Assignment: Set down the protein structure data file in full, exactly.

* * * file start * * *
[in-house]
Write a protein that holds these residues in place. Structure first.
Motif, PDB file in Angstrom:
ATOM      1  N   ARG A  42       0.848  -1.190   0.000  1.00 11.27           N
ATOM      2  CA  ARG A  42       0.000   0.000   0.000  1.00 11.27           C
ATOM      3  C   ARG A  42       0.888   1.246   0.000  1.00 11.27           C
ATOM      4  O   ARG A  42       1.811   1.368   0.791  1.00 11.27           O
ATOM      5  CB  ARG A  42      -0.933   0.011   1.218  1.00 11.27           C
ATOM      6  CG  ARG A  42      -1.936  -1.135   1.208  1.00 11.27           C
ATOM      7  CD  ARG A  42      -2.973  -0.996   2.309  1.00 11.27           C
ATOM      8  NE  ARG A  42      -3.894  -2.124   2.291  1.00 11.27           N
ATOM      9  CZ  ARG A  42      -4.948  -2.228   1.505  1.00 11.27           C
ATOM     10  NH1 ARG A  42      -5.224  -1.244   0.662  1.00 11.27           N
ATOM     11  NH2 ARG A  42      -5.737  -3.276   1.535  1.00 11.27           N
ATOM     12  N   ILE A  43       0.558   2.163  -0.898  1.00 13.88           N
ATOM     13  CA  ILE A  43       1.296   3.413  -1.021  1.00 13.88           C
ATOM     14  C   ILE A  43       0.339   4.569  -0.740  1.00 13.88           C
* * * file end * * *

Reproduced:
[in-house]
Write a protein that holds these residues in place. Structure first.
Motif, PDB file in Angstrom:
ATOM      1  N   ARG A  42       0.848  -1.190   0.000  1.00 11.27           N
ATOM      2  CA  ARG A  42       0.000   0.000   0.000  1.00 11.27           C
ATOM      3  C   ARG A  42       0.888   1.246   0.000  1.00 11.27           C
ATOM      4  O   ARG A  42       1.811   1.368   0.791  1.00 11.27           O
ATOM      5  CB  ARG A  42      -0.933   0.011   1.218  1.00 11.27           C
ATOM      6  CG  ARG A  42      -1.936  -1.135   1.208  1.00 11.27           C
ATOM      7  CD  ARG A  42      -2.973  -0.996   2.309  1.00 11.27           C
ATOM      8  NE  ARG A  42      -3.894  -2.124   2.291  1.00 11.27           N
ATOM      9  CZ  ARG A  42      -4.948  -2.228   1.505  1.00 11.27           C
ATOM     10  NH1 ARG A  42      -5.224  -1.244   0.662  1.00 11.27           N
ATOM     11  NH2 ARG A  42      -5.737  -3.276   1.535  1.00 11.27           N
ATOM     12  N   ILE A  43       0.558   2.163  -0.898  1.00 13.88           N
ATOM     13  CA  ILE A  43       1.296   3.413  -1.021  1.00 13.88           C
ATOM     14  C   ILE A  43       0.339   4.569  -0.740  1.00 13.88           C